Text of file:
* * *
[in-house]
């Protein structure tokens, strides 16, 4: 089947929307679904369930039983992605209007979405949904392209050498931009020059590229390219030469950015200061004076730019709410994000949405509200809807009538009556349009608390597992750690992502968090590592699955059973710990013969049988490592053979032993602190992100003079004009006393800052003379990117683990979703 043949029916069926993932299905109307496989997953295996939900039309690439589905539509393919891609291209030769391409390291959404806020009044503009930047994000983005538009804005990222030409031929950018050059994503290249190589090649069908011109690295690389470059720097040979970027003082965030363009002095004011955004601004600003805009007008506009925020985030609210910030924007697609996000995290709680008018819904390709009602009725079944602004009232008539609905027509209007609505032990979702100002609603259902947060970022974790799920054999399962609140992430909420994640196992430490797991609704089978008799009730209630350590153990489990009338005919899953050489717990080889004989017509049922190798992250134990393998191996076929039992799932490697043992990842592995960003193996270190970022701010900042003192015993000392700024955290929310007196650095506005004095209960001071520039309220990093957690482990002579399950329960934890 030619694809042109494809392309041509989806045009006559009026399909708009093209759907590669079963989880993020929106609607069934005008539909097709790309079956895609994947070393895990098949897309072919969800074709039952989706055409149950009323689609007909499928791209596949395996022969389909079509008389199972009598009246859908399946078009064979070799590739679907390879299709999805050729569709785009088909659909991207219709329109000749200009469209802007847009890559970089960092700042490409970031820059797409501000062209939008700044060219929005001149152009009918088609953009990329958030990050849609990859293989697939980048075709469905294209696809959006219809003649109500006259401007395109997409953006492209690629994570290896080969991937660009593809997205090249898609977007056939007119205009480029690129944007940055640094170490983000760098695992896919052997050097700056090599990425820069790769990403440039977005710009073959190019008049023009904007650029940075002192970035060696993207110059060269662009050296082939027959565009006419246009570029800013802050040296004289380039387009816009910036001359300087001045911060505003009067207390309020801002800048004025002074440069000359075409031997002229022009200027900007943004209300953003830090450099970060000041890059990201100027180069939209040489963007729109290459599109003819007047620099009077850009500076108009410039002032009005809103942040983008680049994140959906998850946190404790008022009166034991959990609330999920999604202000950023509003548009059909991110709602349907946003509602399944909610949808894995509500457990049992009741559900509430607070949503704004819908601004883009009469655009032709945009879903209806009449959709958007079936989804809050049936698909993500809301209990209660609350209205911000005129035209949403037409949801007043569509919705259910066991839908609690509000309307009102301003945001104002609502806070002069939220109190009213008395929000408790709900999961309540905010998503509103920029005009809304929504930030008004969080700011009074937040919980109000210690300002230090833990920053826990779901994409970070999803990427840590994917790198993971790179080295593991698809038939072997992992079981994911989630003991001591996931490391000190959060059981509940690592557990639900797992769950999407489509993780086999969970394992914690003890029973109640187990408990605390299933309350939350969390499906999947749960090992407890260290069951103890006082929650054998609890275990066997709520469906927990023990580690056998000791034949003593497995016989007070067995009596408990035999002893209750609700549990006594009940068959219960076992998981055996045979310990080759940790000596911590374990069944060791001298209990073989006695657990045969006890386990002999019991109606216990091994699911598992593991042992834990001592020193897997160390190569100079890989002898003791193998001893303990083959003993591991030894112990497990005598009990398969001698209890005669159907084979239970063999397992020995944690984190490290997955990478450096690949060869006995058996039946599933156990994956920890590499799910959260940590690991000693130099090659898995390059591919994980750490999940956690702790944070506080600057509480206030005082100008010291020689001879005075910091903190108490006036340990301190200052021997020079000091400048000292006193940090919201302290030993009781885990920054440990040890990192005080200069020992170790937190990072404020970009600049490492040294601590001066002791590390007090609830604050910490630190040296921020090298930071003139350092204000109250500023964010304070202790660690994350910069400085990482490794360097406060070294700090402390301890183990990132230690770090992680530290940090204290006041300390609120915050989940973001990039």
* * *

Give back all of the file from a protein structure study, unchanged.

[in-house]
């Protein structure tokens, strides 16, 4: 089947929307679904369930039983992605209007979405949904392209050498931009020059590229390219030469950015200061004076730019709410994000949405509200809807009538009556349009608390597992750690992502968090590592699955059973710990013969049988490592053979032993602190992100003079004009006393800052003379990117683990979703 043949029916069926993932299905109307496989997953295996939900039309690439589905539509393919891609291209030769391409390291959404806020009044503009930047994000983005538009804005990222030409031929950018050059994503290249190589090649069908011109690295690389470059720097040979970027003082965030363009002095004011955004601004600003805009007008506009925020985030609210910030924007697609996000995290709680008018819904390709009602009725079944602004009232008539609905027509209007609505032990979702100002609603259902947060970022974790799920054999399962609140992430909420994640196992430490797991609704089978008799009730209630350590153990489990009338005919899953050489717990080889004989017509049922190798992250134990393998191996076929039992799932490697043992990842592995960003193996270190970022701010900042003192015993000392700024955290929310007196650095506005004095209960001071520039309220990093957690482990002579399950329960934890 030619694809042109494809392309041509989806045009006559009026399909708009093209759907590669079963989880993020929106609607069934005008539909097709790309079956895609994947070393895990098949897309072919969800074709039952989706055409149950009323689609007909499928791209596949395996022969389909079509008389199972009598009246859908399946078009064979070799590739679907390879299709999805050729569709785009088909659909991207219709329109000749200009469209802007847009890559970089960092700042490409970031820059797409501000062209939008700044060219929005001149152009009918088609953009990329958030990050849609990859293989697939980048075709469905294209696809959006219809003649109500006259401007395109997409953006492209690629994570290896080969991937660009593809997205090249898609977007056939007119205009480029690129944007940055640094170490983000760098695992896919052997050097700056090599990425820069790769990403440039977005710009073959190019008049023009904007650029940075002192970035060696993207110059060269662009050296082939027959565009006419246009570029800013802050040296004289380039387009816009910036001359300087001045911060505003009067207390309020801002800048004025002074440069000359075409031997002229022009200027900007943004209300953003830090450099970060000041890059990201100027180069939209040489963007729109290459599109003819007047620099009077850009500076108009410039002032009005809103942040983008680049994140959906998850946190404790008022009166034991959990609330999920999604202000950023509003548009059909991110709602349907946003509602399944909610949808894995509500457990049992009741559900509430607070949503704004819908601004883009009469655009032709945009879903209806009449959709958007079936989804809050049936698909993500809301209990209660609350209205911000005129035209949403037409949801007043569509919705259910066991839908609690509000309307009102301003945001104002609502806070002069939220109190009213008395929000408790709900999961309540905010998503509103920029005009809304929504930030008004969080700011009074937040919980109000210690300002230090833990920053826990779901994409970070999803990427840590994917790198993971790179080295593991698809038939072997992992079981994911989630003991001591996931490391000190959060059981509940690592557990639900797992769950999407489509993780086999969970394992914690003890029973109640187990408990605390299933309350939350969390499906999947749960090992407890260290069951103890006082929650054998609890275990066997709520469906927990023990580690056998000791034949003593497995016989007070067995009596408990035999002893209750609700549990006594009940068959219960076992998981055996045979310990080759940790000596911590374990069944060791001298209990073989006695657990045969006890386990002999019991109606216990091994699911598992593991042992834990001592020193897997160390190569100079890989002898003791193998001893303990083959003993591991030894112990497990005598009990398969001698209890005669159907084979239970063999397992020995944690984190490290997955990478450096690949060869006995058996039946599933156990994956920890590499799910959260940590690991000693130099090659898995390059591919994980750490999940956690702790944070506080600057509480206030005082100008010291020689001879005075910091903190108490006036340990301190200052021997020079000091400048000292006193940090919201302290030993009781885990920054440990040890990192005080200069020992170790937190990072404020970009600049490492040294601590001066002791590390007090609830604050910490630190040296921020090298930071003139350092204000109250500023964010304070202790660690994350910069400085990482490794360097406060070294700090402390301890183990990132230690770090992680530290940090204290006041300390609120915050989940973001990039």